Ransomware has hit full stride in 2016. We’re only halfway into the year and we have already experienced a surge of attacks affecting industries from healthcare to critical infrastructure. But ransomware is a threat that’s been around for a while, so why the sudden uptick of attacks?
It’s not that the level of technical sophistication has changed, but because the business model behind ransomware has evolved. Hackers are still using the same old tactics to scare victims into paying to unfreeze their personal files, the difference now is that they’re also expanding into the corporate world. Threatening to hold valuable data hostage, ransomware authors have realized how easily they can gain hundreds of thousands, if not millions of dollars by targeting large organizations. An individual might be limited to a $500 ransom, but how about a manufacturer or a hedge fund? Surely their sensitive data is worth more…
Understanding this evolution of the ransomware business model and its impact on enterprises will be crucial in taking the steps toward warding off such attacks.
The Evolution of Ransomware
Ransomware authors are changing their methods according to their target. It’s no longer the stray individual that is under attack, but corporate PCs, mobile devices and even servers. Why lock and/or pilfer a person’s files worth hundreds when corporate data is infinitely more valuable? Housing extremely sensitive information, organizations from healthcare and financial institutions to retail giants are quick to pay what attackers ask, reinforcing the lucrativeness of big business ransomware.
Now, threat actors are honing their methodology to reap the greatest reward, shying away from random attacks and targeting highly sensitive information in strategic companies. That’s why we’ve witnessed the recent surge in healthcare- and school-related ransomware attacks. Their perceived value and likelihood of storing valuable personally identifiable information (PII) atop these organizations’ tendency to employ outdated security technologies, has made them prime targets.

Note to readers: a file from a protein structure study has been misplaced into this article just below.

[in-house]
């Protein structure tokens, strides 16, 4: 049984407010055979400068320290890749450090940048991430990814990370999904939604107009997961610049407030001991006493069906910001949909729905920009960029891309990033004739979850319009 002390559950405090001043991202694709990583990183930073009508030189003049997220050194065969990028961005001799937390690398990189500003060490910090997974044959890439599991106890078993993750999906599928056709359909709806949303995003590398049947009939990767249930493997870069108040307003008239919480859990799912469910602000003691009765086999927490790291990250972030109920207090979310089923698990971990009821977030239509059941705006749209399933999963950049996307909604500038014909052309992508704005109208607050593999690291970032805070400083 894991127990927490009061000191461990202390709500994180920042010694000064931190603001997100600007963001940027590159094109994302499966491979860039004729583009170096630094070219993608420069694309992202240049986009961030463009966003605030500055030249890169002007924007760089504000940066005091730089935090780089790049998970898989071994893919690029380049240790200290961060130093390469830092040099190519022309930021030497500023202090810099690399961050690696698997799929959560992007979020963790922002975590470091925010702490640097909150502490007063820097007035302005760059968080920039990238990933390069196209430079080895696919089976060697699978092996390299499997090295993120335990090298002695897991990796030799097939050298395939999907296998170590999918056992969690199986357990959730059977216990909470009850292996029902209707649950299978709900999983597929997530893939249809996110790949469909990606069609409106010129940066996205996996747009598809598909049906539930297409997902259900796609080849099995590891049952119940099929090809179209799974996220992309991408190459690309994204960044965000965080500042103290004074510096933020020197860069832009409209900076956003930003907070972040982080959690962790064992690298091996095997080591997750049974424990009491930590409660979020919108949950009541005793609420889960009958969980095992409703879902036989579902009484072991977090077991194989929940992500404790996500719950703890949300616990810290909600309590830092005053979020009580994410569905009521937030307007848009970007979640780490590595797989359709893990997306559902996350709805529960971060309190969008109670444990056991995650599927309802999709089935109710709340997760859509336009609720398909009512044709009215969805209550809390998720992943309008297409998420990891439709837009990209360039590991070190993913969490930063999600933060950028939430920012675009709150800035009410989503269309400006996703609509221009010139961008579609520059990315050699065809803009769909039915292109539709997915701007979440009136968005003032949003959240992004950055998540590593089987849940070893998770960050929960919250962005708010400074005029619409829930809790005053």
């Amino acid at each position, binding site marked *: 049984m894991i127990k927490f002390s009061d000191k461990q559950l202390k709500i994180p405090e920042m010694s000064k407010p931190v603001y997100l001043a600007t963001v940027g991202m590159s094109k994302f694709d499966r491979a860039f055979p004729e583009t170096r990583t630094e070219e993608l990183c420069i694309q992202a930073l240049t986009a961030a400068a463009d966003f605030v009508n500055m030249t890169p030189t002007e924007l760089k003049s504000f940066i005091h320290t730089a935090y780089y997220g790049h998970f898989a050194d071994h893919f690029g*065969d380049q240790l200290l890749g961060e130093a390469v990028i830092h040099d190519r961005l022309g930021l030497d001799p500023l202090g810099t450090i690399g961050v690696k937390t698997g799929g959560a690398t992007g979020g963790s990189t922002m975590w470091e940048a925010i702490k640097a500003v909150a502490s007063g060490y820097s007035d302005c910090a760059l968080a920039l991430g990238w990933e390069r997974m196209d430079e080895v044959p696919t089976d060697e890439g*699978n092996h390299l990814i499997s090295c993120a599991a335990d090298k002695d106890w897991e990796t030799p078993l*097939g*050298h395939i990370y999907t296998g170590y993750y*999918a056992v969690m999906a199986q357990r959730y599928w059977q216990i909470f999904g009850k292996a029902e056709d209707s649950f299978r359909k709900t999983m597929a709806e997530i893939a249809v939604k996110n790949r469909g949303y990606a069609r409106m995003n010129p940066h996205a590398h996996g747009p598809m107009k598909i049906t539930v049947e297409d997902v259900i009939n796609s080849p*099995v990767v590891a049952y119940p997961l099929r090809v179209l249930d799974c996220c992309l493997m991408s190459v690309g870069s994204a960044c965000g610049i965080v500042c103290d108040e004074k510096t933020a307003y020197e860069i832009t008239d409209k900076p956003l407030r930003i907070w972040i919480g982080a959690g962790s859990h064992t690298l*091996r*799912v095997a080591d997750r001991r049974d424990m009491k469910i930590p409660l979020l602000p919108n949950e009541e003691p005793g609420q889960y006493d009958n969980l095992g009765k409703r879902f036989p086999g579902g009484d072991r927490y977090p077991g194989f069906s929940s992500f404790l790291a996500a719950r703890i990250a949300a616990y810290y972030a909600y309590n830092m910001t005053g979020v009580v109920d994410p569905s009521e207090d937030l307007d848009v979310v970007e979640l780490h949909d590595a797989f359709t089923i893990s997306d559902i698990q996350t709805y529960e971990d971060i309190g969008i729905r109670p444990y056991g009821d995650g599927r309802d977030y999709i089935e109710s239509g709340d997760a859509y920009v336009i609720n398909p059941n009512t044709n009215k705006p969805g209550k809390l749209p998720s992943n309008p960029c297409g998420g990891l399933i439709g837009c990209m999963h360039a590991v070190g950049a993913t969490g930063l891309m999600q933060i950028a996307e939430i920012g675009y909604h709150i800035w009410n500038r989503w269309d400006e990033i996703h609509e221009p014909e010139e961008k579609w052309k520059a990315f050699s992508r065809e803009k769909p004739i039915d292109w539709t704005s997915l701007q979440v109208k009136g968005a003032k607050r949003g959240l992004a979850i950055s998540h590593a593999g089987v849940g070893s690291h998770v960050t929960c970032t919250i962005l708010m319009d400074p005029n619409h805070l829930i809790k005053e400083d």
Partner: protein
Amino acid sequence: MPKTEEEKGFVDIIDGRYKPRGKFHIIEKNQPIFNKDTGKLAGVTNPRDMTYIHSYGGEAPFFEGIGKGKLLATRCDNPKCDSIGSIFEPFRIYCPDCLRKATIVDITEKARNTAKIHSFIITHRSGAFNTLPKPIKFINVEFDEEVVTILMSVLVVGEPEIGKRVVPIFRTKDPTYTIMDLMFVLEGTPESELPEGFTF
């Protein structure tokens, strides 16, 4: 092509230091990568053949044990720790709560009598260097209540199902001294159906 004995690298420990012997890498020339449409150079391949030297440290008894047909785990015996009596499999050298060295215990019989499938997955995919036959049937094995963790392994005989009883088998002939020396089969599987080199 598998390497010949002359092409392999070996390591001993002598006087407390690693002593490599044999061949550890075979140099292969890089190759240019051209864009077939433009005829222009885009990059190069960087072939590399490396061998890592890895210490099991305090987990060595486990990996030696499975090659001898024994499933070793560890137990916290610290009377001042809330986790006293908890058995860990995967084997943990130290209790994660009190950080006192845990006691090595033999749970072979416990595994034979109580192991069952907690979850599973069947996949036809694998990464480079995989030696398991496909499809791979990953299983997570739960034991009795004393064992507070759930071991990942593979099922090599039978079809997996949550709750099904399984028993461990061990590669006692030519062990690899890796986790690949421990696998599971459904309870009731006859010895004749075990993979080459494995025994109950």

Adapting to the Change—Staying Safe
It’s disappointing to see how successful ransomware campaigns have been this year. But it’s almost expected when organizations continue using basic signature-based security that hinges on outdated protections like anti-virus tools and traditional security appliances. If history is any indicator, hackers are nimble and have long ago adapted to changing environments by morphing the malware itself so it becomes unrecognizable. It’s time to change how we protect against this.
What enterprises should be doing is moving beyond simple static signature-based and adding dynamic controls that aren’t reliant on identifying a specific attack. Further, backing up sensitive and necessary files should be a must. If companies did so, ransomware would not be the problem it’s become.
The silver lining is that the pain caused by the wave of ransomware attacks has instigated a rapid response to improve security. Ransomware will run its course, just as PoS targeted attacks have started to slip away from the limelight. But that does not mean protection should wane in turn as the threats will persist waiting for those that failed to adapt.
When Will We Stop Feeding into the Underground Economy?
The question now is how long will it take for security practices to adjust? Security has always been a business decision. Some companies would rather pay a lower fee for ransom than pay for the cost of having a robust security stance. But, as hackers continue to ask for higher and higher ransoms, this will have to change. It will reach the point where the ransoms will not be able to get paid off. Then, companies will begin to seek out security measures that will protect their bottom line. I just hope that this change happens much sooner than then.
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